A recent report in Sports Illustrated explored which Major League Baseball stadiums had the safest food and revealed some surprising things happening at the ballparks. By analyzing recent inspection data, the publication exposed some big food safety concerns, such as rodent droppings in kitchens, expired food, employees not washing their hands, and food stored at the wrong temperatures.
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“Consumers have a right to be concerned about some of the food that they are eating and purchasing in many of these stadiums,” says Robert L. Buchanan, a professor in the Department of Nutrition and Food Science and Center for Food Safety and Security Systems at the University of Maryland. “If I was a vendor or stadium owner, heaven help you if you have a large outbreak—the number of people that could be impacted could run in the thousands.”
On any given game day, stadiums sell tens of thousands of hot dogs, hamburgers, nachos, brats, cotton candy, plus beer and soda, and it’s all done in a relatively short period of time. And being that it’s done by part-time workers (many of them without much experience in food preparation), in cramped conditions and often with very little sink space or automatic washers available, it’s no wonder that violations occur.
“Safe food handling practices should be used by people preparing food no matter where the venue is,” says Tamika Sims, PhD, director of food technology communications at the International Food Information Council. “Cleaning hands, surfaces, and utensils, avoiding cross-contamination, cooking food to proper temperatures, and storing food correctly are all key at sporting venues and beyond.”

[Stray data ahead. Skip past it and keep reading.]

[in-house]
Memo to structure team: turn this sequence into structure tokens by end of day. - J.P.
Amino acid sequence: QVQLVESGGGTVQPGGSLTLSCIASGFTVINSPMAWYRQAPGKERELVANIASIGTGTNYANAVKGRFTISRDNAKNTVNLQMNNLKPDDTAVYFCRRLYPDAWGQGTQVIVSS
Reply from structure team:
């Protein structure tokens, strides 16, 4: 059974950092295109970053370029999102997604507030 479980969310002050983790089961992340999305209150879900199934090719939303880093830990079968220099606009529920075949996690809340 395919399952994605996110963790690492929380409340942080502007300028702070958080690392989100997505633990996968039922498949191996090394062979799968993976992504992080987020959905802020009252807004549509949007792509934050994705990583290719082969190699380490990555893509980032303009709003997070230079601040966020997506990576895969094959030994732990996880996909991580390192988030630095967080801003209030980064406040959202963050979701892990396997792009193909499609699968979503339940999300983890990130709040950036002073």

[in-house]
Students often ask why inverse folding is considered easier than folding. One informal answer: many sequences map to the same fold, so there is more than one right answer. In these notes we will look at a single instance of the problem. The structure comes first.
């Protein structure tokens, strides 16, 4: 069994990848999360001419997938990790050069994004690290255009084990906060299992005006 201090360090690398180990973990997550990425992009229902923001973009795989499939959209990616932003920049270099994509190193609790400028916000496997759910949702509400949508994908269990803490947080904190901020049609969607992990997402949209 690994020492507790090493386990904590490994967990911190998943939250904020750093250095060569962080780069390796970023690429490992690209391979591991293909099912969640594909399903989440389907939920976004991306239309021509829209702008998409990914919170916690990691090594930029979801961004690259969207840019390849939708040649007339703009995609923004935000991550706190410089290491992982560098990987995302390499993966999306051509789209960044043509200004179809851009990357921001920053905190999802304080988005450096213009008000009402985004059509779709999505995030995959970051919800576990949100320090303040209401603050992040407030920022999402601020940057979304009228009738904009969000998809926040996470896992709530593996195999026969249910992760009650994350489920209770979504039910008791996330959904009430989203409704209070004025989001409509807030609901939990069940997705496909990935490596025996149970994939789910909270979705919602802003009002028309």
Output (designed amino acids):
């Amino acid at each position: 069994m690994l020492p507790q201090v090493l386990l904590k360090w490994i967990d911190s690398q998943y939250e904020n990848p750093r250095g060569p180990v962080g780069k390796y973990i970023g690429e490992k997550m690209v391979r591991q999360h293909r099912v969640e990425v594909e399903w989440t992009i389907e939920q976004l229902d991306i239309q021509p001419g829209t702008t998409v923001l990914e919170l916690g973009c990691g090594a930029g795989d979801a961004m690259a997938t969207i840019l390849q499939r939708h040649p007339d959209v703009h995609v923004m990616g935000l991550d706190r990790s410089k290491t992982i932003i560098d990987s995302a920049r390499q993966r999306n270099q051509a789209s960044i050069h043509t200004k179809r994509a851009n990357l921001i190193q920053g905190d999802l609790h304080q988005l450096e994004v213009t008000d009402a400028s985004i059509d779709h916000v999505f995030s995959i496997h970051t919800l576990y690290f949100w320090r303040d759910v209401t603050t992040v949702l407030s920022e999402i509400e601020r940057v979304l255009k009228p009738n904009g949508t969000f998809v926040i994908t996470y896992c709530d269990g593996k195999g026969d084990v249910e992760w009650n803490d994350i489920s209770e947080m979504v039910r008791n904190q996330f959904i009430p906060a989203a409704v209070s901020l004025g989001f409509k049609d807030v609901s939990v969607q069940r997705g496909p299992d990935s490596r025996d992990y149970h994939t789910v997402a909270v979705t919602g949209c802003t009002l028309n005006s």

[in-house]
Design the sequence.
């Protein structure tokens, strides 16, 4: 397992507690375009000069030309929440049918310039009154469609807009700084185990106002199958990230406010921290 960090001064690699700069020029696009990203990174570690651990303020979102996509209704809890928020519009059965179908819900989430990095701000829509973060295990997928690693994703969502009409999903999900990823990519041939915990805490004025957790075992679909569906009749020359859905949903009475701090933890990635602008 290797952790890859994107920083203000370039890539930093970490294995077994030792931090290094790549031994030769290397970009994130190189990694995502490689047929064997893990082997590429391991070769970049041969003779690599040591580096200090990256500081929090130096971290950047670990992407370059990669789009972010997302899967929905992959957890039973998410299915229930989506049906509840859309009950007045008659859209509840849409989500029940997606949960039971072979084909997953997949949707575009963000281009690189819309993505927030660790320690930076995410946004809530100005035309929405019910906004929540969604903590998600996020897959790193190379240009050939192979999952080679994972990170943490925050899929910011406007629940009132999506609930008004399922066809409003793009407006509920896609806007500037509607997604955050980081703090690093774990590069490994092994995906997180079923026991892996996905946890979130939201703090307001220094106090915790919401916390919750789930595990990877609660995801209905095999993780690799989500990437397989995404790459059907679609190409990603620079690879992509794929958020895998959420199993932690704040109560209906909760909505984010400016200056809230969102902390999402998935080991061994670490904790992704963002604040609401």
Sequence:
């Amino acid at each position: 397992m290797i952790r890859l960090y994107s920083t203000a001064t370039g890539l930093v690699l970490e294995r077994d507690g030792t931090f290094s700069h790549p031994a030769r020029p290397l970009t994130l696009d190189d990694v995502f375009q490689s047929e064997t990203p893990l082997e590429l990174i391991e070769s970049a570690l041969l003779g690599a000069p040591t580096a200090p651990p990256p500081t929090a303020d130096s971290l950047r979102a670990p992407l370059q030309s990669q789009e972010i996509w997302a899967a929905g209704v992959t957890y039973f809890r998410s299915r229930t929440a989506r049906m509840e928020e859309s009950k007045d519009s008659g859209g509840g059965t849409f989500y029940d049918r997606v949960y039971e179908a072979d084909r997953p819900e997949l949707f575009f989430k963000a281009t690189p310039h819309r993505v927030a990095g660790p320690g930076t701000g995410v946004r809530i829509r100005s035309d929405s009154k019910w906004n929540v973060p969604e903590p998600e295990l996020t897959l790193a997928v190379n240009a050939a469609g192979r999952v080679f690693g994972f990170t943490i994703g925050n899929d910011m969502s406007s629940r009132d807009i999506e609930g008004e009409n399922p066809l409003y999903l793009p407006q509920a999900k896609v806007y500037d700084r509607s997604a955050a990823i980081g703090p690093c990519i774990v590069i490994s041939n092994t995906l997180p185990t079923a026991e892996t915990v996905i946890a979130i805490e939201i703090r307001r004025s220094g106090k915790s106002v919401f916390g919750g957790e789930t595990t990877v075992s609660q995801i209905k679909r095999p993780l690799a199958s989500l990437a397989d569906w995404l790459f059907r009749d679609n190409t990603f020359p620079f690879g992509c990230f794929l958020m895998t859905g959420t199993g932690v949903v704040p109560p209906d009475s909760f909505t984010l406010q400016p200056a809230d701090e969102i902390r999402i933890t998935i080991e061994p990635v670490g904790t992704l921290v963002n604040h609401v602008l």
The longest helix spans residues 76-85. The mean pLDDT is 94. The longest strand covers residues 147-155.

Up to the Challenge
Dan Gallery V, president of Gallery carts, a manufacturer of carts, kiosks, and portables located in numerous NFL stadiums and hockey arenas across the country, says food safety, and the safety of the patrons is the number one concern of food service providers at sporting venues, but challenges exist.
“One of the more difficult ones is being able to offer great food all over a stadium. When a venue is being designed, there is constant discussion about how a concession stand can support a fleet of mobile carts,” he says. “While there are many different ways to transport food long distances, it becomes more difficult in a venue where you have multiple levels and the carts are spread out across miles of concourses.”
The other difficult aspect is keeping everything clean at all times, and Gallery says it’s important that providers clean all of the equipment after events, before events, and during events to ensure all of the food is safe.
Buchanan says that because of the lack of kitchens and space at sporting venues, they try to get around that by bringing in foods from a central commissary, but that introduces concerns about keeping hot food hot and cold food cold.
“It’s the same challenges that food trucks have or those running booths at state fairs—it’s hard to stretch adequately what you have at the beginning of the game to the later innings, and keep everything at the proper temperature,” he says. “It’s a mass feeding event with minimal facilities in terms of infrastructure and that can be problematic.”
The top thing that food vendors should be doing, Buchanan says, is properly training all employees on food safety and having someone on site reviewing procedures and making sure that all staff is complying.
“Everyone needs to understand the safety procedures and live up to them,” he says. “If you’re serving hot and cold food, periodically check the temperatures. And make sure you have some rudimentary cleaning facilities to keep equipment clean.”
Gallery says food safety needs to be a priority of everyone involved with the food. Wiping down countertops, wearing protective hair guards, and cleaning the floors regularly can all cut down on problems.